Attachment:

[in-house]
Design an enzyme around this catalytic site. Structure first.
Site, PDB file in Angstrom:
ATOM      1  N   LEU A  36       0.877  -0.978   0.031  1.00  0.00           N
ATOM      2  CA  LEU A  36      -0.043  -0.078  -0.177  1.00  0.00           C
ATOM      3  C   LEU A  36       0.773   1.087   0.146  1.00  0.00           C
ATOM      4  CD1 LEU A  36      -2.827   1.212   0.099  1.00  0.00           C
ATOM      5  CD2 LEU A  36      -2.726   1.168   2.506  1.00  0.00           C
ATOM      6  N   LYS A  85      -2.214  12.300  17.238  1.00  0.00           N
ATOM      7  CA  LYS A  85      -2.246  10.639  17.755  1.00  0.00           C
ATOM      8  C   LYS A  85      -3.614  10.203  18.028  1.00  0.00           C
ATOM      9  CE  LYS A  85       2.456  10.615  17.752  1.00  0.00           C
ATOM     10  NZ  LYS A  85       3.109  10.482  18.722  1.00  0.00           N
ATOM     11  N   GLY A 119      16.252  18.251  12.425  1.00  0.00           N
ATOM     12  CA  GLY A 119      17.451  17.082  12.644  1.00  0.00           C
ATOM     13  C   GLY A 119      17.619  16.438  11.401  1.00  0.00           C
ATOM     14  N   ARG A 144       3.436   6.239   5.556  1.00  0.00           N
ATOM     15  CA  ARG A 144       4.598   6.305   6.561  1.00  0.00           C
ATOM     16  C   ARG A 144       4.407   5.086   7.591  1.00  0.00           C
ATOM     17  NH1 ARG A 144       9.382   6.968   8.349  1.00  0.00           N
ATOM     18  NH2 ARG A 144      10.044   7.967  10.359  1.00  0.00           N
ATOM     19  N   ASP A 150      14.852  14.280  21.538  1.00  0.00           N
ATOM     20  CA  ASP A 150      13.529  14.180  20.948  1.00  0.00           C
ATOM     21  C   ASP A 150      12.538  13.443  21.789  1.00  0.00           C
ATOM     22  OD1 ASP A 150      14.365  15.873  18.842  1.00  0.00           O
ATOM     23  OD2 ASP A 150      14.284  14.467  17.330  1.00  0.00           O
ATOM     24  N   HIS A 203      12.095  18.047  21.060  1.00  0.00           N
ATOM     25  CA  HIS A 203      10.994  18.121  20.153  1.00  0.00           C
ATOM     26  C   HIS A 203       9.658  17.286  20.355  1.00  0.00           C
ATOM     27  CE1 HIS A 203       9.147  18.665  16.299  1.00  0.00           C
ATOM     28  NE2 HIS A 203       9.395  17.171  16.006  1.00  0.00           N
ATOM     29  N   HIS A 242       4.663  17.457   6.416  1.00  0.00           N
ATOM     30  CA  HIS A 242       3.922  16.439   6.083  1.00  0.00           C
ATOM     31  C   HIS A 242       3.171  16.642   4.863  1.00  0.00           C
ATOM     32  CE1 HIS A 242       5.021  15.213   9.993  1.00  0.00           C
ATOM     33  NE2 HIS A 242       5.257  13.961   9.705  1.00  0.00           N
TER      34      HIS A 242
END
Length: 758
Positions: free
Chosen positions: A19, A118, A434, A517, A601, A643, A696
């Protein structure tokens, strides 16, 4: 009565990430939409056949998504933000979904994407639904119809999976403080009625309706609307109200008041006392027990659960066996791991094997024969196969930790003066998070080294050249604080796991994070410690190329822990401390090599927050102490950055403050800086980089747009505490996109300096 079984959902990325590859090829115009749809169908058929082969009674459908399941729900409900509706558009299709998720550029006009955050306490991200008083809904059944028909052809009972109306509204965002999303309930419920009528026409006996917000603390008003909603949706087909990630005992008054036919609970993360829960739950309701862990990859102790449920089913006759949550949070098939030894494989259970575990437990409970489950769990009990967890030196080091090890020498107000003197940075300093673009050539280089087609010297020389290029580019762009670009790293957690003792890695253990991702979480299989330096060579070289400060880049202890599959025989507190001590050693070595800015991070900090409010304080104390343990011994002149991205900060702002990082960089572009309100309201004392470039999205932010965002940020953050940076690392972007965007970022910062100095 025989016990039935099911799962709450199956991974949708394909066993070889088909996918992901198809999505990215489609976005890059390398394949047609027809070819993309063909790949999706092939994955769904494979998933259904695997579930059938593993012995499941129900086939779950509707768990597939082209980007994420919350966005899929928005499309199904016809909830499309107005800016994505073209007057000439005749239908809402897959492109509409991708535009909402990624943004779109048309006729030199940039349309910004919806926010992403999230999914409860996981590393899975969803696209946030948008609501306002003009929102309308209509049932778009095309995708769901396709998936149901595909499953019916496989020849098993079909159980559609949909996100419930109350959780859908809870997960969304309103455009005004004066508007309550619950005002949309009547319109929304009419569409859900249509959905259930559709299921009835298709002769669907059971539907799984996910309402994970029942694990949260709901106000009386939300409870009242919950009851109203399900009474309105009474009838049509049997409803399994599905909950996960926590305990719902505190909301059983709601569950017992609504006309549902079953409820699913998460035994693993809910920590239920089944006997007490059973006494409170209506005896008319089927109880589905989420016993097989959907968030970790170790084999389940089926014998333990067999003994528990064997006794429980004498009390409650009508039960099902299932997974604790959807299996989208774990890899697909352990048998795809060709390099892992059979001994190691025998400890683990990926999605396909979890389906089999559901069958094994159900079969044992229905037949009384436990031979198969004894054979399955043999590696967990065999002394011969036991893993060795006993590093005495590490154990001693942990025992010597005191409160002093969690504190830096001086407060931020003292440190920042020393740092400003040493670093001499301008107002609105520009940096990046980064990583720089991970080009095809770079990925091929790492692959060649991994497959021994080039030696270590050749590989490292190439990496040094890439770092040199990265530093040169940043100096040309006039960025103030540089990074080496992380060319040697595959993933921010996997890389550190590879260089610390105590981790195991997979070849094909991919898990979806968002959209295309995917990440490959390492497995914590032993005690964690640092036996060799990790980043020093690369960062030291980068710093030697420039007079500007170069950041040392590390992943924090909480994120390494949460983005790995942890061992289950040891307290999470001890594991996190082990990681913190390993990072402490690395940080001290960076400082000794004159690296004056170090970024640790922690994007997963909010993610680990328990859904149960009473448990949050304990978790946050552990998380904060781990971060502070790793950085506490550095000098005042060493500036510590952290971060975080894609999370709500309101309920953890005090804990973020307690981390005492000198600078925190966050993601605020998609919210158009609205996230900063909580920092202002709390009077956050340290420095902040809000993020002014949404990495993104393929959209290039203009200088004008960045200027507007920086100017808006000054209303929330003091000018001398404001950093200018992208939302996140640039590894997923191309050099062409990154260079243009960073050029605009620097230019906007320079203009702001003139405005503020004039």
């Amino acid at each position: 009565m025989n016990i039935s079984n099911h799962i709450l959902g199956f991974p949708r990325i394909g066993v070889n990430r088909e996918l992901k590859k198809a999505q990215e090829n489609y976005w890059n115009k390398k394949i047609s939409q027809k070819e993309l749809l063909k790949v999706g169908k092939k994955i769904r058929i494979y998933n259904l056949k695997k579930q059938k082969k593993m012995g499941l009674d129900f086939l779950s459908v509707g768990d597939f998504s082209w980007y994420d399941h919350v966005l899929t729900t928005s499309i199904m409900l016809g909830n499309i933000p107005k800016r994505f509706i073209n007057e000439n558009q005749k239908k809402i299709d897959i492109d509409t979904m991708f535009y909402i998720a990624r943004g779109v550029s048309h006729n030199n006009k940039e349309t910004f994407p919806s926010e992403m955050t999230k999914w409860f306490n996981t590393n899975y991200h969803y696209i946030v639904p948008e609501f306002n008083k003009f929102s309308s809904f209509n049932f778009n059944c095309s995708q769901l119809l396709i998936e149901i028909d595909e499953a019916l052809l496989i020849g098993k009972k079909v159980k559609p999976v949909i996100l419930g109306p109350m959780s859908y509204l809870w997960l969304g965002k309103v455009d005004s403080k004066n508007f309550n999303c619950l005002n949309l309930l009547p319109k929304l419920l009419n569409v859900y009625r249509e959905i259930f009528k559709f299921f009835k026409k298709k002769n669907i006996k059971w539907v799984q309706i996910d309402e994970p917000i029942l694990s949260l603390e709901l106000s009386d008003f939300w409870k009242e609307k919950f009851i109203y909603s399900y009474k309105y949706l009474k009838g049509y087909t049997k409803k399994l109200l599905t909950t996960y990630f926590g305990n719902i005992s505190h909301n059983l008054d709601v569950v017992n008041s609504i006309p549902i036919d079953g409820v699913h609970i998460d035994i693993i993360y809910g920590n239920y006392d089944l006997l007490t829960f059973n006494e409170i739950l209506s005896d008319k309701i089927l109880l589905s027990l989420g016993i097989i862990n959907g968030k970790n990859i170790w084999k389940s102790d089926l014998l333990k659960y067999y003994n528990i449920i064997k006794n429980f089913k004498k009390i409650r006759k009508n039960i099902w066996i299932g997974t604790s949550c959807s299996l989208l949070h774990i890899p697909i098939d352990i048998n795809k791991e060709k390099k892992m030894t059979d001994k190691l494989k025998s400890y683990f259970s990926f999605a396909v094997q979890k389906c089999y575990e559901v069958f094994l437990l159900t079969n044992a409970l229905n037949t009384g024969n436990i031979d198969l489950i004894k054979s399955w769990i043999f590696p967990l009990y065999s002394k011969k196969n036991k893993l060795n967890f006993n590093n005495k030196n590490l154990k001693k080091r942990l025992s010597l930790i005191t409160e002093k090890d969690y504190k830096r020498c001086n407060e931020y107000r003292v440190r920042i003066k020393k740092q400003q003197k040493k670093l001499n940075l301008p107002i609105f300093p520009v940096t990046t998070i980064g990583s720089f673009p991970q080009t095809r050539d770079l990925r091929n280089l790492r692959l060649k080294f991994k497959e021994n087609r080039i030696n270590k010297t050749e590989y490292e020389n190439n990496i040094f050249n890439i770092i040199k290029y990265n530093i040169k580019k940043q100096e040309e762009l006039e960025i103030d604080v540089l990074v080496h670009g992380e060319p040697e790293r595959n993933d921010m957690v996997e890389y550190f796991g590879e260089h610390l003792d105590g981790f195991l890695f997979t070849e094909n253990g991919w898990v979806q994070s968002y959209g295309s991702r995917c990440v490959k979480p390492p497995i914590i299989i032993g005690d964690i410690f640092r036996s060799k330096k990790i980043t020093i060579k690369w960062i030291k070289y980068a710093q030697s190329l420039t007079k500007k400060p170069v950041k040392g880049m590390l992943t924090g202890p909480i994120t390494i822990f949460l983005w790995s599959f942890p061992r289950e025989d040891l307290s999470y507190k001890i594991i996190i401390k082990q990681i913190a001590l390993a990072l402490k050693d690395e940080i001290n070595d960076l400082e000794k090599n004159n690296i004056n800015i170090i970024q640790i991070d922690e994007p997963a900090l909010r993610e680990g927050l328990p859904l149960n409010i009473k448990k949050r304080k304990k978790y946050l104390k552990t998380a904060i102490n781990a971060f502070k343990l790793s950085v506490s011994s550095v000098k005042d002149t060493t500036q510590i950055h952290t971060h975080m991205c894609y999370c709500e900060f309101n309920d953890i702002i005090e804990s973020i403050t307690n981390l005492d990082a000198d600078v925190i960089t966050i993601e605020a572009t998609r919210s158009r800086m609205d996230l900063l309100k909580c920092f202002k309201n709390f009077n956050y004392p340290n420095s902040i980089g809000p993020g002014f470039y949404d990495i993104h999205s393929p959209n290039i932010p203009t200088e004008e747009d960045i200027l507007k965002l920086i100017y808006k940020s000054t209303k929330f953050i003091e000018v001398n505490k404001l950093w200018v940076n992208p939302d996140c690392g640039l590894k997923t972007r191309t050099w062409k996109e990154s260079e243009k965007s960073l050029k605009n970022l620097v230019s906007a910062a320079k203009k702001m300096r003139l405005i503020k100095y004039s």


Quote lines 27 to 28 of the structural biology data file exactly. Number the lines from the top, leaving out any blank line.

ATOM     24  N   HIS A 203      12.095  18.047  21.060  1.00  0.00           N
ATOM     25  CA  HIS A 203      10.994  18.121  20.153  1.00  0.00           C